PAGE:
One of Lawrence’s big technical discoveries in Look! We Have Come Through! was that dropping the demand for every line to culminate in a full end-rhyme makes all the other sounds within the line become more audible, as with the venomous sibilants in ‘She Looks Back’ or, more gently, in ‘Gloire de Dijon’:

When she rises in the morning
I linger to watch her;
She spreads the bath-cloth underneath the window
And the sunbeams catch her
Glistening white on the shoulders,
While down her sides the mellow
Golden shadow glows as
She stoops to the sponge, and her swung breasts
Sway like full-blown yellow
Gloire de Dijon roses.

It’s a kind of aural dappling, where the ‘r’s of ‘rises’, ‘shoulders’ or ‘her sides’ come together in ‘roses’, while the hidden ‘w’ in ‘gloire’ or ‘shoulders’ picks up all the more obvious w-words in an effect Lawrence later described as ‘sound and touch and sight all running into one another, blending into a vagueness which is a new world’. But taking the rose as sign of the heavenly now has the apocalyptic demand to reject the ordinary present hidden within it, as the next but one poem, ‘Rose of All the World’, reveals more overtly:

How will you have it? – the rose is all in all,
Or the ripe rose-fruits of the luscious fall?
The sharp begetting, or the child begot?
Our consummation matters, or does it not?

To me it seems the seed is just left over
From the red rose-flowers’ fiery transience;
Just orts and slarts; berries that smoulder in the bush
Which burnt just now with marvellous immanence.

Lawrence is borrowing the rhyming iambics of Yeats’s ‘The Rose of Battle’, which croons over Maud Gonne, the rose of all the world, her ‘beauty grown sad with its eternity’. In Lawrence’s brisker reply, eternity happens in the flower’s ‘fiery transience’, ‘unchidden and purposeless’. But the moment desire’s roses become the flames on a burning bush, its fruit, including Frieda’s children, become merely the smoking remains.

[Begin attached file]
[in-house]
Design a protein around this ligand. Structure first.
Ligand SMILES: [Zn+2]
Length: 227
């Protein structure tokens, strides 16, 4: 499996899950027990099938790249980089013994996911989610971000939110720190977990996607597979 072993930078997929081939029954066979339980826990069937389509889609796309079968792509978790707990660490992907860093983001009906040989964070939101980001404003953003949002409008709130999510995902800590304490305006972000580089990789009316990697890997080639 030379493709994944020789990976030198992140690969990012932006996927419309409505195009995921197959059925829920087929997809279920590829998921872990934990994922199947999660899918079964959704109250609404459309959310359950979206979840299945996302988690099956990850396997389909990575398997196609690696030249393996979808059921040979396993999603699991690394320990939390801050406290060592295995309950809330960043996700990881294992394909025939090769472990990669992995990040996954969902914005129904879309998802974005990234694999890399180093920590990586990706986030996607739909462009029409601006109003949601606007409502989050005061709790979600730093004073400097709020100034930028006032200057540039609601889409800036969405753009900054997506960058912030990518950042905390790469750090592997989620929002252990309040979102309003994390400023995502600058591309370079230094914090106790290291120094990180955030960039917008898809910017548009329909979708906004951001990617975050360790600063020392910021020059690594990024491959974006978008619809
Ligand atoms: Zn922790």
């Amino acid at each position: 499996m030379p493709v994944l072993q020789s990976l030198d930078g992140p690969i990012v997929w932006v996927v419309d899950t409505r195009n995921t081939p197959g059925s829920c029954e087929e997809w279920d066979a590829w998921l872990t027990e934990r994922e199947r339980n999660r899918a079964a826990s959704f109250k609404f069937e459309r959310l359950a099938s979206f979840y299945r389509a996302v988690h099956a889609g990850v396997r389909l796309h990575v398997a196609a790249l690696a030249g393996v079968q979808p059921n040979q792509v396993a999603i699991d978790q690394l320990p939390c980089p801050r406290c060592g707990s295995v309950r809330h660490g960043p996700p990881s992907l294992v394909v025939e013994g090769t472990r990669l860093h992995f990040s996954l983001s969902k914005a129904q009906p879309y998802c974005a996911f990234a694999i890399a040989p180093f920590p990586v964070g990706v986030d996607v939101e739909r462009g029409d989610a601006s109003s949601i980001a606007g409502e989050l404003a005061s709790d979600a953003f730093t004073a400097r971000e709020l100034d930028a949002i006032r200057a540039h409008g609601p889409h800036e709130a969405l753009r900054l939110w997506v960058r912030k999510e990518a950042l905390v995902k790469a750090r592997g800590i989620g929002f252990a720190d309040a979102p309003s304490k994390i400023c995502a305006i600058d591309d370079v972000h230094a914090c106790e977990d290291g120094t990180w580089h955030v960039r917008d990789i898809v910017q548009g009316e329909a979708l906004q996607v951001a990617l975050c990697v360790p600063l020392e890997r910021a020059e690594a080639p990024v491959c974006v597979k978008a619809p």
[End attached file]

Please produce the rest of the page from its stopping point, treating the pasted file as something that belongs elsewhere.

This is free verse made in a confined space, for the way they began meant neither Lawrence nor Frieda had anyone to turn to in those early months, and by the time he came to revise the poems early in 1917, they had become autobiographical justification for his conviction that creative regeneration comes only through vital conflict. In Lawrence’s great poetic manifesto, the 1919 preface to New Poems, we are told to sense in ‘the immediate present, the Now’ of free verse a ‘still, white seething, the incandescence and the coldness of the incarnate moment: the moment, the quick of all change and haste and opposition’, which might be the inrush of the ever-turning tides, but might just as well be describing one of his furious sulks.